Scrapping Hinkley Point nuclear plant could save £1bn a year, says Energy and Climate Intelligence Unit

Written by Liam Kirkaldy on 26 August 2016 in News

Theresa May delayed approval of the planned £18bn development until next month

Nuclear plant - credit: PA

Scrapping plans for the proposed new nuclear plant at Hinkley Point and focusing on other projects could save the taxpayer £1bn a year, according to a new report from the Energy and Climate Intelligence Unit (ECIU).

Prime Minister Theresa May delayed approval of the planned £18bn development until next month, reportedly amid concerns about the involvement of Chinese state money in vital UK infrastructure.

But a report from ECIU has questioned the basis for building the plant, with the report finding the nuclear plant was “not essential” to the UK’s future energy needs and climate targets.

It found "Britain can meet all its targets and do so at lower cost" without the new plant.


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The ECIU said investment in other “established approaches” like wind farms and gas-fired power stations and greater demand management could remove the need for the Hinkley Point project.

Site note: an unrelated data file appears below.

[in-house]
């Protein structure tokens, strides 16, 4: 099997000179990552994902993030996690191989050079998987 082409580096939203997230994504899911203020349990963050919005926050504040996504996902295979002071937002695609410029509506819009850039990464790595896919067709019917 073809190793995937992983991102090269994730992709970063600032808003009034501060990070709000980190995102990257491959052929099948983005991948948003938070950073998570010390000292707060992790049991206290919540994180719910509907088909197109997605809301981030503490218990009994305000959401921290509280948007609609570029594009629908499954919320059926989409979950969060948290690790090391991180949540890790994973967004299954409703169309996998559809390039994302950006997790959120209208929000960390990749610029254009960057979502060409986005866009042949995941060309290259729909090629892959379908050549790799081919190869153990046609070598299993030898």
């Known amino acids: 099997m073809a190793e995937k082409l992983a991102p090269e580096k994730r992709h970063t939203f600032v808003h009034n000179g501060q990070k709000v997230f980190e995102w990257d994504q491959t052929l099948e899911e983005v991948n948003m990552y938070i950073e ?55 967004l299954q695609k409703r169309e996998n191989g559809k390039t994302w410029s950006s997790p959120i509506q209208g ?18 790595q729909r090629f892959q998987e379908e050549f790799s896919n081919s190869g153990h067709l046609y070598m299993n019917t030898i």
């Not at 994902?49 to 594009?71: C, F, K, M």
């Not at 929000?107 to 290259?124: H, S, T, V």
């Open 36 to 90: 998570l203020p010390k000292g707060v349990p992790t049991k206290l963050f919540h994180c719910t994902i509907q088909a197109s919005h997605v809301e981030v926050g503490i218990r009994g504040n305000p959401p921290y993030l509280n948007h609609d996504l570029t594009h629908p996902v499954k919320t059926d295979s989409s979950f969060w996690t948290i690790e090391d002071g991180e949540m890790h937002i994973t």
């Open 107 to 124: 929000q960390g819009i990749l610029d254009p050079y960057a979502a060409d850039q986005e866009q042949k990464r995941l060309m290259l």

“We wanted to know how essential Hinkley is for the ‘energy trilemma’ – keeping the lights on whilst cutting greenhouse gas emissions and keeping costs down,” said ECIU director Richard Black. 

“Our conclusion is that it’s not essential; using tried and tested technologies, with nothing unproven or futuristic, Britain can meet all its targets and do so at lower cost.

“So if Mrs May decides to go ahead with Hinkley, all well and good – if she decides not to, or if the project stumbles at a later stage, we have alternatives.”

EDF, the French energy giant that would build Hinkley Point C, said the proposals from the ECIU were “not credible”.



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